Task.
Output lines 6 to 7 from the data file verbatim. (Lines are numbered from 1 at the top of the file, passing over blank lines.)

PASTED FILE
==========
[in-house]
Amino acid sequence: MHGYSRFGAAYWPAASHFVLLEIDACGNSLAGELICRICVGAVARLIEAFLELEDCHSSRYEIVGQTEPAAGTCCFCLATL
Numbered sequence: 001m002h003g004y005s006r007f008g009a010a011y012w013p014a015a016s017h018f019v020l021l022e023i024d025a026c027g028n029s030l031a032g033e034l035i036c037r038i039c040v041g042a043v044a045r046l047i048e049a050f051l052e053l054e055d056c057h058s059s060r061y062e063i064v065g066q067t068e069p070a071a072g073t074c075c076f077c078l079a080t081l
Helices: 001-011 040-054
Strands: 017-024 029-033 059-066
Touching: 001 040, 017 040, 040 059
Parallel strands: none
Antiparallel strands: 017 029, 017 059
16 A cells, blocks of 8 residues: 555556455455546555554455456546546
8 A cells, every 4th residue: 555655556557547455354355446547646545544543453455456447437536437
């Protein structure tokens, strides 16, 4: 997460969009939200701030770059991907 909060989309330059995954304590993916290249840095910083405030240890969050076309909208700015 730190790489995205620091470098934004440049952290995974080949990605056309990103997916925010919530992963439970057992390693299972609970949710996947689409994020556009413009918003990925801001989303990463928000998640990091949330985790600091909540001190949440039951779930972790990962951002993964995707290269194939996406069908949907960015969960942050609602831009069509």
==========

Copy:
Touching: 001 040, 017 040, 040 059
Parallel strands: none